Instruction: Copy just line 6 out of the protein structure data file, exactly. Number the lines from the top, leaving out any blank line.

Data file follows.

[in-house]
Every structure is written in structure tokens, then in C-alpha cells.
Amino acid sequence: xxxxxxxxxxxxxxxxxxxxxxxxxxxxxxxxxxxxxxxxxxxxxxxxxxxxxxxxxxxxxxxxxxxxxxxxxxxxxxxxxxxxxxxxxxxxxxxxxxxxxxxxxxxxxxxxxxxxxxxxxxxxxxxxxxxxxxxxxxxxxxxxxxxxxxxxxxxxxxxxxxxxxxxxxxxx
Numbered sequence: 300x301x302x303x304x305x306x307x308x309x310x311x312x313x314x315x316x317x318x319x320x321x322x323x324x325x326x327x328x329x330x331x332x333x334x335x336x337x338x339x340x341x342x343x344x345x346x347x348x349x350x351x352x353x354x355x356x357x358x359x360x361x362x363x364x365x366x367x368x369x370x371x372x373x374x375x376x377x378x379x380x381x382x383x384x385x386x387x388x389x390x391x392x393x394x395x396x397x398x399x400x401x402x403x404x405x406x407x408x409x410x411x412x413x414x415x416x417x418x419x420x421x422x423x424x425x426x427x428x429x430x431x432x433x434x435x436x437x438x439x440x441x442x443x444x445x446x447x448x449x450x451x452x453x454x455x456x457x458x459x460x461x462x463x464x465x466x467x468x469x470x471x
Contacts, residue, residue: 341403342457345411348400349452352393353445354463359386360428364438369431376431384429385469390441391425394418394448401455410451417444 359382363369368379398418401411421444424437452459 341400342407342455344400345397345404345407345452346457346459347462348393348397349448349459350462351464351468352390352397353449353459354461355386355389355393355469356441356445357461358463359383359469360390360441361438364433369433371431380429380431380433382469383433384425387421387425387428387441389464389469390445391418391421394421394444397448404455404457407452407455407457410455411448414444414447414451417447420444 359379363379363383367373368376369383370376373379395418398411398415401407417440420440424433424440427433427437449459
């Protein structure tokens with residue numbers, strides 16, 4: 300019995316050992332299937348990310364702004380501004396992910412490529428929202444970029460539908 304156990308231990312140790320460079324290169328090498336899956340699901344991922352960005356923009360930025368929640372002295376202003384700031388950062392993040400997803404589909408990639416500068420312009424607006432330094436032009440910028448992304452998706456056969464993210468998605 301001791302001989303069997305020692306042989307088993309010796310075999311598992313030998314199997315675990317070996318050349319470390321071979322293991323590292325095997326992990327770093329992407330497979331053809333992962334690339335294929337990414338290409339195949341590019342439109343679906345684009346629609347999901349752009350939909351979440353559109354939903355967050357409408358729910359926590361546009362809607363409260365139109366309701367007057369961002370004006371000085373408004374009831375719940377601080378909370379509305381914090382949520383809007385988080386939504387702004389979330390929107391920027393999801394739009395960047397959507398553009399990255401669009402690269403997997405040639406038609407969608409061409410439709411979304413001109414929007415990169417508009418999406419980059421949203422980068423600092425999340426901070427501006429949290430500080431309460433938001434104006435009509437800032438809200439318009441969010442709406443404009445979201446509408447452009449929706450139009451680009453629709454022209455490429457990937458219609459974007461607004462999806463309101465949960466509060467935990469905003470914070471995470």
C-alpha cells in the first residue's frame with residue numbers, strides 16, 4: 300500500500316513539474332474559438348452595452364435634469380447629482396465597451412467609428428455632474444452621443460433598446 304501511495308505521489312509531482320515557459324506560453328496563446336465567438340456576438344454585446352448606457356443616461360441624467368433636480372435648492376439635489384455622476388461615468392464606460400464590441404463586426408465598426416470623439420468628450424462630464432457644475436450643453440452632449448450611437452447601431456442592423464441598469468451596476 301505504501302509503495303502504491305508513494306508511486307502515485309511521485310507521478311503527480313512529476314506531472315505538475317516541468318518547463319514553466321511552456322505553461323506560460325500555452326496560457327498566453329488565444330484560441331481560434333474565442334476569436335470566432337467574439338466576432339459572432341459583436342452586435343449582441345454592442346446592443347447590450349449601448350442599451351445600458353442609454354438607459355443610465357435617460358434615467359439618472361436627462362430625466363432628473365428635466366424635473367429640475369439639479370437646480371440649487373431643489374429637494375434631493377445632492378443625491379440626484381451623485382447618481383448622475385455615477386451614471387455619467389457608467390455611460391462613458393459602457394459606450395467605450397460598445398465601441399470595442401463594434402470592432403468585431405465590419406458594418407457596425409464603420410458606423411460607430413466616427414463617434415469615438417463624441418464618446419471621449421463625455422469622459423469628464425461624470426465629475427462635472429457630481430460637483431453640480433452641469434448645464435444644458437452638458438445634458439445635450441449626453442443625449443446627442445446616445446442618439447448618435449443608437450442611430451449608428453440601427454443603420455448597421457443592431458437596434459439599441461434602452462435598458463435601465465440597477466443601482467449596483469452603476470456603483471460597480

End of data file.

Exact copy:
């Protein structure tokens with residue numbers, strides 16, 4: 300019995316050992332299937348990310364702004380501004396992910412490529428929202444970029460539908 304156990308231990312140790320460079324290169328090498336899956340699901344991922352960005356923009360930025368929640372002295376202003384700031388950062392993040400997803404589909408990639416500068420312009424607006432330094436032009440910028448992304452998706456056969464993210468998605 301001791302001989303069997305020692306042989307088993309010796310075999311598992313030998314199997315675990317070996318050349319470390321071979322293991323590292325095997326992990327770093329992407330497979331053809333992962334690339335294929337990414338290409339195949341590019342439109343679906345684009346629609347999901349752009350939909351979440353559109354939903355967050357409408358729910359926590361546009362809607363409260365139109366309701367007057369961002370004006371000085373408004374009831375719940377601080378909370379509305381914090382949520383809007385988080386939504387702004389979330390929107391920027393999801394739009395960047397959507398553009399990255401669009402690269403997997405040639406038609407969608409061409410439709411979304413001109414929007415990169417508009418999406419980059421949203422980068423600092425999340426901070427501006429949290430500080431309460433938001434104006435009509437800032438809200439318009441969010442709406443404009445979201446509408447452009449929706450139009451680009453629709454022209455490429457990937458219609459974007461607004462999806463309101465949960466509060467935990469905003470914070471995470």